This technological training aims at making a many-sided social being, one who understands not merely the use of materials and the scientific nature of the forces required to achieve their final form, but one who also understands the social effects of production – and particularly of new modes of production – upon the whole organisation of life and upon the human beings employed. It aims at understanding life as a whole. After such training an adult Soviet chemist, for example, will enquire not merely how to make a perfume, a poison or an explosive, but what effect their production will have upon society.
Each stage of a child’s development, in school and out, witnesses provision of similar opportunity for development of every latent capacity. There are, for instance, the evening schools, where a wide variety of circles meet the child’s aptitudes and wishes in a variety of ways: drama and literary circles, physics and chemistry circles, artistic and musical circles, each with its competent paid leader. Young naturalists are provided with aquariums, mice or guinea-pigs. Children may make real wireless sets, model boats, aeroplanes or canoes.
These palaces help individual children to discover their talent and develop their gift. It is no accident that at the Third International contest of Pianists in Warsaw in 1937, Russian youth won first and second prizes and five out of the six first prizes for the violin in Brussels.
No wonder that Lion Feuchtwanger could exclaim: “Soviet youth emanates a strength and joy that involuntarily astonishes me.”
Adolescence and adult life bring no fear of unemployment. Every sphere of activity seeks workers. If shortage in any one direction becomes too acute, special inducements readjust the balance. But the child chooses its own career; and the chance to try out his choice in the various circles at a children’s Palace facilitates appropriate selections.
All children in great cities continue their education to 18 years of age.
This widened base of education has been accompanied by a surge of intellectual vitality and novel achievement, revealing themselves in peace and war, in factory and theatre, in realms of literature or in scientific laboratories. Mr Tustin, for example, a distinguished British expert who went in 1934 as consulting engineer to the Moscow Dynamo Works, says of the youths who entered his factory at eighteen years of age: “There is no doubt whatever of their enthusiasm, ability and capacity for hard work.”
This story of youth witnesses to an effort to achieve individuality, and leads in adult life to that development of personality so eloquently described by Barbusse:
Everyone has before him opportunities which are forbidden to the exploited who live in the lands of masters and slaves. Everyone here is bubbling over with individuality, burning with it. Nothing has struck me more forcibly than this more intense individuality of the people of the Soviet state. We are witnessing an expansion of personality. Borne forward on the wave of youth, with the fresh armies of the childhood of the red flag coming up in support, this people, which is in process of becoming a new race unified by labour, is not only the purest and the cleanest in the world: it is also the happiest. For everyone begins to feel an active consciousness of his part in the realisation of the work of the whole, and of the dignity with which his share in it invests him.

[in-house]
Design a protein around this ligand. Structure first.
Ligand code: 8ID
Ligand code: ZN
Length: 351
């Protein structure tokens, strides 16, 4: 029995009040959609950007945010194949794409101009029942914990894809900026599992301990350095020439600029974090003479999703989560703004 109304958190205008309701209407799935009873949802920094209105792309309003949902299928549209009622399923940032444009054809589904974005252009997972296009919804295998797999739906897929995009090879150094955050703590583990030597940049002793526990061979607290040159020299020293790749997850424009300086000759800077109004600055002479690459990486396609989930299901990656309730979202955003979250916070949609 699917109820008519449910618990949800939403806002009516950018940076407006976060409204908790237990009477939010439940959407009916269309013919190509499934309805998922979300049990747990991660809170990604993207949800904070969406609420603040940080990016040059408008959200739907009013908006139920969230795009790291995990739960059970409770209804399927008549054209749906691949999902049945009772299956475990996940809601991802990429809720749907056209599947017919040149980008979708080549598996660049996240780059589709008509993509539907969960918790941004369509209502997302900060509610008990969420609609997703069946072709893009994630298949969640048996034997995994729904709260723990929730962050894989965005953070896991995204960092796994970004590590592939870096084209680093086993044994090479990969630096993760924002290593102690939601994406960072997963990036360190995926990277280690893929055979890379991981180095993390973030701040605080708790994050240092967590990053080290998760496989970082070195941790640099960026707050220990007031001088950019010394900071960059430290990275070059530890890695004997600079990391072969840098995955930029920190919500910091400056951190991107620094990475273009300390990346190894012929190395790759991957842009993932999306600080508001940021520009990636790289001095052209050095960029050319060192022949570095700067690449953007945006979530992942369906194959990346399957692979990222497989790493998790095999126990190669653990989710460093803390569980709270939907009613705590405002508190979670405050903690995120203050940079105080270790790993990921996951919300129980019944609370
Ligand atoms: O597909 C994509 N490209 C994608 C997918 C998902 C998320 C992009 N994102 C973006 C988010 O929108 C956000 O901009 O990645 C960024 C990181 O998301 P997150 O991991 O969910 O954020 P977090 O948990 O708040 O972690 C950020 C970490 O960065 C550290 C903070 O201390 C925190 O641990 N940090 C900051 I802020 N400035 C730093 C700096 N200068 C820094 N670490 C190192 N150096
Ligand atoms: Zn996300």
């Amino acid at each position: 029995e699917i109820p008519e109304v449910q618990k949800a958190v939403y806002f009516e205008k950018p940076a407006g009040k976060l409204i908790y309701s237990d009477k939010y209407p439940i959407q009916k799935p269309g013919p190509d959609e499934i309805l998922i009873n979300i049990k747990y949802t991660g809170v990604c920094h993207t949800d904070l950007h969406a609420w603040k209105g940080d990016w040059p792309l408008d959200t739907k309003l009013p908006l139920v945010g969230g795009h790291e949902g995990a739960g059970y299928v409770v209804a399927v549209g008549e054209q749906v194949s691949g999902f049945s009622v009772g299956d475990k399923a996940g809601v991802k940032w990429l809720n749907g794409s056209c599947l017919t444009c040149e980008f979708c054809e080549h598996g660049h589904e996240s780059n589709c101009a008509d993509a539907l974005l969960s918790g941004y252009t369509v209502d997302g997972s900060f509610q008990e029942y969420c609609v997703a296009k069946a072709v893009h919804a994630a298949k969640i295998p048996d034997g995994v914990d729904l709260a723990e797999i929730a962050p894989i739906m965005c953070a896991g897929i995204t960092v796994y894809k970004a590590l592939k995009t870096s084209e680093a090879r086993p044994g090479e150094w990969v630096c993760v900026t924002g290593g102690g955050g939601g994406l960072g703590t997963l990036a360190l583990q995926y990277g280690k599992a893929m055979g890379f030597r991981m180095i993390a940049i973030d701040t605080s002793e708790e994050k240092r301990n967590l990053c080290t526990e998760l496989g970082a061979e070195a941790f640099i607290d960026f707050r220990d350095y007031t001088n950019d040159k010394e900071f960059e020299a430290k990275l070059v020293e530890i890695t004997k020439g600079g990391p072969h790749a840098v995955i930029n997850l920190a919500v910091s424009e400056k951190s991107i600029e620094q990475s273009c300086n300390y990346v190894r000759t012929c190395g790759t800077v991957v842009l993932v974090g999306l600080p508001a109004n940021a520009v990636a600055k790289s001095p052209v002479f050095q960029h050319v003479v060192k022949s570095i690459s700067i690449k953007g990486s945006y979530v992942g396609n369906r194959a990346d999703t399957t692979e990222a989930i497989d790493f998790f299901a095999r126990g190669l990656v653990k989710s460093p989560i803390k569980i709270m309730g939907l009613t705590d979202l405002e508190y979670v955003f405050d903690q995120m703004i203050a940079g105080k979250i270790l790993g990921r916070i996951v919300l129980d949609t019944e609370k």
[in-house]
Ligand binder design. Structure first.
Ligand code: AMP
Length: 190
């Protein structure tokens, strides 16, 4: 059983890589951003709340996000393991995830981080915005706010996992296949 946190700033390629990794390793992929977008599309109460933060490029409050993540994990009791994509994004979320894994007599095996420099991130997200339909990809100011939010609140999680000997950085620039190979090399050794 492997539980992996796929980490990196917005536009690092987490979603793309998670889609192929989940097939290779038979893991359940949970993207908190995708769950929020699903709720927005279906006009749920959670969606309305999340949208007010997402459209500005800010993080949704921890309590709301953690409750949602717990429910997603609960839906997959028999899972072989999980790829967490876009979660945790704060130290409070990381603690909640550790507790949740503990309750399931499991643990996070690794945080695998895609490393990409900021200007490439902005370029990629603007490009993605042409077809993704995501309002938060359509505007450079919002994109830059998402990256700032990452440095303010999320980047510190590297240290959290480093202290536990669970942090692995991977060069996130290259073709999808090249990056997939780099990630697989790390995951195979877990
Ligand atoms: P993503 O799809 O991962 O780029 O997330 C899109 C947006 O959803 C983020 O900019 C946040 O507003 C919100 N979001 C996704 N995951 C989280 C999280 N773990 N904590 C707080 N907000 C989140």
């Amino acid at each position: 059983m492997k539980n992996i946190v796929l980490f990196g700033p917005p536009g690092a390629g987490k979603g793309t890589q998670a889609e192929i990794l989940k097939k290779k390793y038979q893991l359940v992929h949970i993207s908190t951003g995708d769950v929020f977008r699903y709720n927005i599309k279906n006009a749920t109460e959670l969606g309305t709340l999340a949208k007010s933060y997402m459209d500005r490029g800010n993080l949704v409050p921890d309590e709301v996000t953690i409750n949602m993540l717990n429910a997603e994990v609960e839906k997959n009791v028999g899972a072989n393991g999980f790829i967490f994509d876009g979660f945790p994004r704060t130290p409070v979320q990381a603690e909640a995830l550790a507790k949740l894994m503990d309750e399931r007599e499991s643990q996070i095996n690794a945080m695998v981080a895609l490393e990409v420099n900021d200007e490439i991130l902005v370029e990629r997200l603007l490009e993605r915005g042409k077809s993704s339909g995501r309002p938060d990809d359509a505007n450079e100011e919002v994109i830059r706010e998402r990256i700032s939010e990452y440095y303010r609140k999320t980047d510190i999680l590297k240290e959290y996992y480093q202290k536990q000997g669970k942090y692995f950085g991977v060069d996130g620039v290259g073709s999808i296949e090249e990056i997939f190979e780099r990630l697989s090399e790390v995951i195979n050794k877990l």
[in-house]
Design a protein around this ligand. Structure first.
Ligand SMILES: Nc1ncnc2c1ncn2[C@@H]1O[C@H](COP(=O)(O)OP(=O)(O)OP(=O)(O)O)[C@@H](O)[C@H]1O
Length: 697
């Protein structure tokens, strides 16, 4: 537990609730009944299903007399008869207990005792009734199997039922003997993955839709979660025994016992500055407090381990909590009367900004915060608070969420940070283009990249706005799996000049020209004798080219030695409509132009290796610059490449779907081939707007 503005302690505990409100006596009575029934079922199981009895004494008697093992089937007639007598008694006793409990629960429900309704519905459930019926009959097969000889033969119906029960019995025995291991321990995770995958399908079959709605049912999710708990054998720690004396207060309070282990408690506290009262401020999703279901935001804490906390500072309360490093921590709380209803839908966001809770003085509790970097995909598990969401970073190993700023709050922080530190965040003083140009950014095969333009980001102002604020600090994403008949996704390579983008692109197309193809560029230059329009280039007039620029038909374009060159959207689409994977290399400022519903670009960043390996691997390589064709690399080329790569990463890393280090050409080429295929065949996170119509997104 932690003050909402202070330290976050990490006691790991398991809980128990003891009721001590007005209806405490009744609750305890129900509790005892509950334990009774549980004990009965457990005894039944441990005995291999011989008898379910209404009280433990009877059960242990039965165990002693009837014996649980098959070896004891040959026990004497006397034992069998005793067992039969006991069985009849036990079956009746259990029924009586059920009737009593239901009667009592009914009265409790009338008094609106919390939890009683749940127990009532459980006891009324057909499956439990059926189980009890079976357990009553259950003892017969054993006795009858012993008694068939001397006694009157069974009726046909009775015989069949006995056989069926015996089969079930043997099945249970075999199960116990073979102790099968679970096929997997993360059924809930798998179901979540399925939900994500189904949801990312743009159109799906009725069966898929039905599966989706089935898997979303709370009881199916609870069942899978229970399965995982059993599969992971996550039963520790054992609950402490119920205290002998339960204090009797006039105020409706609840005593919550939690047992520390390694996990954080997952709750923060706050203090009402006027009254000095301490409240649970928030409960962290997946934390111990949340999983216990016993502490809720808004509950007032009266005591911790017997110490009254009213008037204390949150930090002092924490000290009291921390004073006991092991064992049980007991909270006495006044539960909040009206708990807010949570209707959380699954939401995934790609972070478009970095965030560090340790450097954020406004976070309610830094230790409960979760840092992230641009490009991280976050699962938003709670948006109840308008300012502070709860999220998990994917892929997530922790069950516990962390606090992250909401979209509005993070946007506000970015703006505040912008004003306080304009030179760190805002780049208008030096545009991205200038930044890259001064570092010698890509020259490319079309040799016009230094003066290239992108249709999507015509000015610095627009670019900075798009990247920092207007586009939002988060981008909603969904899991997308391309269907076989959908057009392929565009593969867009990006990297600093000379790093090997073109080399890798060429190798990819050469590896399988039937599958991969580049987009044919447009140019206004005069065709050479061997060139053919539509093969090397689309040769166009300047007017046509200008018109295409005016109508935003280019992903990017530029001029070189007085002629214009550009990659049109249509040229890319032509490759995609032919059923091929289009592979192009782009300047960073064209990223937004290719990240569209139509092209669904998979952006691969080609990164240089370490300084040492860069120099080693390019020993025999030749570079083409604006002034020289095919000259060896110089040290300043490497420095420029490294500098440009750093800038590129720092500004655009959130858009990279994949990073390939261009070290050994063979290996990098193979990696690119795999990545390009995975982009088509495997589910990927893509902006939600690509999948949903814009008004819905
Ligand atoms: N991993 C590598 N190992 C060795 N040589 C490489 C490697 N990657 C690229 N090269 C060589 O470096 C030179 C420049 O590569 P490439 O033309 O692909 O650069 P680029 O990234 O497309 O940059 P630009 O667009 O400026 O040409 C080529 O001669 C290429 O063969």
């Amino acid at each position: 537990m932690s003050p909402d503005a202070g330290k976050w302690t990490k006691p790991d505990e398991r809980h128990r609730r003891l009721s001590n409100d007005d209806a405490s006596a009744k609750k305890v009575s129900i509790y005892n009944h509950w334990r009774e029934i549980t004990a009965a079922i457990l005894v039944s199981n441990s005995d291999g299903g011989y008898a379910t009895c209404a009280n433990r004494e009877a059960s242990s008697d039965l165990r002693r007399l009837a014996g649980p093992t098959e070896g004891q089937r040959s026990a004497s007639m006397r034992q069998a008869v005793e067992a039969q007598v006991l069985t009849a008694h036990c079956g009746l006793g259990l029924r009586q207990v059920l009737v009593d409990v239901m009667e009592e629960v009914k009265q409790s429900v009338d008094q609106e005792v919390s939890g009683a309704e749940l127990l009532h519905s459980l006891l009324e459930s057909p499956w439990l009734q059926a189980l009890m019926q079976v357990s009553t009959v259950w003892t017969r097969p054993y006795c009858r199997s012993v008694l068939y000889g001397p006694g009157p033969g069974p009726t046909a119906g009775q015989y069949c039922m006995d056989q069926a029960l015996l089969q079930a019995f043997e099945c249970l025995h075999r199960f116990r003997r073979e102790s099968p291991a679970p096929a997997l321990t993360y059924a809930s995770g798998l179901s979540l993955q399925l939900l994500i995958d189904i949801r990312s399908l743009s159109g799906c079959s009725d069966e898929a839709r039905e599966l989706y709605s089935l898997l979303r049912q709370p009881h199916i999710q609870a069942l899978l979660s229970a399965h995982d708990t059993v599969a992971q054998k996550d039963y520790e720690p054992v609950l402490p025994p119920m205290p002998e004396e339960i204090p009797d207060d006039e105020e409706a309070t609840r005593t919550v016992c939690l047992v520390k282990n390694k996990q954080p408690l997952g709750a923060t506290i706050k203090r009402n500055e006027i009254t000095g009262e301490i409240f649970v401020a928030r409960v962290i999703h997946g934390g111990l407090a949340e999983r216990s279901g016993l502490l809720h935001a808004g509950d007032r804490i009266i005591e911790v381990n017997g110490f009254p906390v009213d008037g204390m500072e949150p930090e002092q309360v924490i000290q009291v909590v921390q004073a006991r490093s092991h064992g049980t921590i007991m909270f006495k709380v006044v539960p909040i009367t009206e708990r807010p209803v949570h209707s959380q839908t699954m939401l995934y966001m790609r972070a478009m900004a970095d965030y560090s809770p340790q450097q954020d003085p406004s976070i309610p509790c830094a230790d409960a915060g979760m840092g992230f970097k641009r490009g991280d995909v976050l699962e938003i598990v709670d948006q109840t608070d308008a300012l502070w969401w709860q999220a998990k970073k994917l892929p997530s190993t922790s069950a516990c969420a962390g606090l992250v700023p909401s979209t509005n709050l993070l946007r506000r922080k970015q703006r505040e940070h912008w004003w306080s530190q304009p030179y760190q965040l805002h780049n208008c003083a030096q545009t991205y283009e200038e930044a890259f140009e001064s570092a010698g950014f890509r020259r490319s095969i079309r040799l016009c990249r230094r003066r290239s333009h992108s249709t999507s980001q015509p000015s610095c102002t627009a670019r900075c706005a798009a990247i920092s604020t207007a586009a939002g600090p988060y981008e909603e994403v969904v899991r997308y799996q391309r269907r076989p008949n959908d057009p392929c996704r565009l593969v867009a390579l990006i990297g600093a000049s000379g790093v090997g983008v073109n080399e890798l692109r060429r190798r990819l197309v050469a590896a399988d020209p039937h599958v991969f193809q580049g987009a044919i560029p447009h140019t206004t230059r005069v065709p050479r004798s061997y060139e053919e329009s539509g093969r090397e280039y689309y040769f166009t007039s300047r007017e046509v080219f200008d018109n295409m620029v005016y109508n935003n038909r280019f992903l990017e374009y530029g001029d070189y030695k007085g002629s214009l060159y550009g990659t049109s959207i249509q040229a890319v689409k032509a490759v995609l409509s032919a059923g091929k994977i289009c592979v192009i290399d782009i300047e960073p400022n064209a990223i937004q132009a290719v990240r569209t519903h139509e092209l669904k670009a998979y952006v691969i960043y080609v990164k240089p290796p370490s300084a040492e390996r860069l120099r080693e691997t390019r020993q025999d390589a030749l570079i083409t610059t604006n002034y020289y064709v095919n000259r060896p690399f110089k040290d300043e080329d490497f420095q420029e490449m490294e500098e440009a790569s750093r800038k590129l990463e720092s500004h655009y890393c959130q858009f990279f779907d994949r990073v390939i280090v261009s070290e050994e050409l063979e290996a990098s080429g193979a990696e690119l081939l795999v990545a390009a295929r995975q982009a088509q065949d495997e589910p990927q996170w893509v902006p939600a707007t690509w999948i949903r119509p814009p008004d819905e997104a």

This priceless consciousness of his worth to those who are organising his life, so valuable in childhood, persists in Soviet life beyond school age. It pursues the adult into the Soviet factory and field.
For the Soviet boy or girl passing from school to factory or field does not pass, as in capitalist countries, from one moral atmosphere to another; from school, where the child is regarded as an end in itself, to industry where youth is a tool for profit-making ends; from an authority, that trains, develops and strives to inspire the child with high ideals to an authority that ignores his development and whose ideals of personal acquisition rather than increase of social wealth inevitably infect and corrupt him.
A Soviet factory resembles, rather, a British university, with its incentives to advance, with its classes, libraries and cultural activities. It also has its medical department and its careful inspection of the workers’ physical and psychological welfare. In the capitalist factory the sack awaits slackness. In the socialist factory the slack worker attends the medical department to see if his work suits his tastes and capacity, if his education has been adequate or if he suffers from latent disease or abnormally limited intelligence. It is precisely the kind of treatment a child receives in any Christian home.
Solicitude for Soviet citizenship is crystallised in the Soviet Charter of Rights, which guarantees to each citizen of both sexes:
1. The right to work; and it is the work of choice, with encouragement at every stage to reach the higher skills. Unemployment has ceased in the Soviet Union.
2. The right to rest and leisure. Russia enjoys the shortest working day, with a seven-hour maximum prior to the war. More brain and less sweat has been a Soviet principle. The application of science to agriculture has released 18 out of every 19 land workers, and in Russia that means not unemployment, but the advancing prospects of increased leisure for all. Holidays, with pay, travel facilities, rest homes and social clubs make leisure recreative.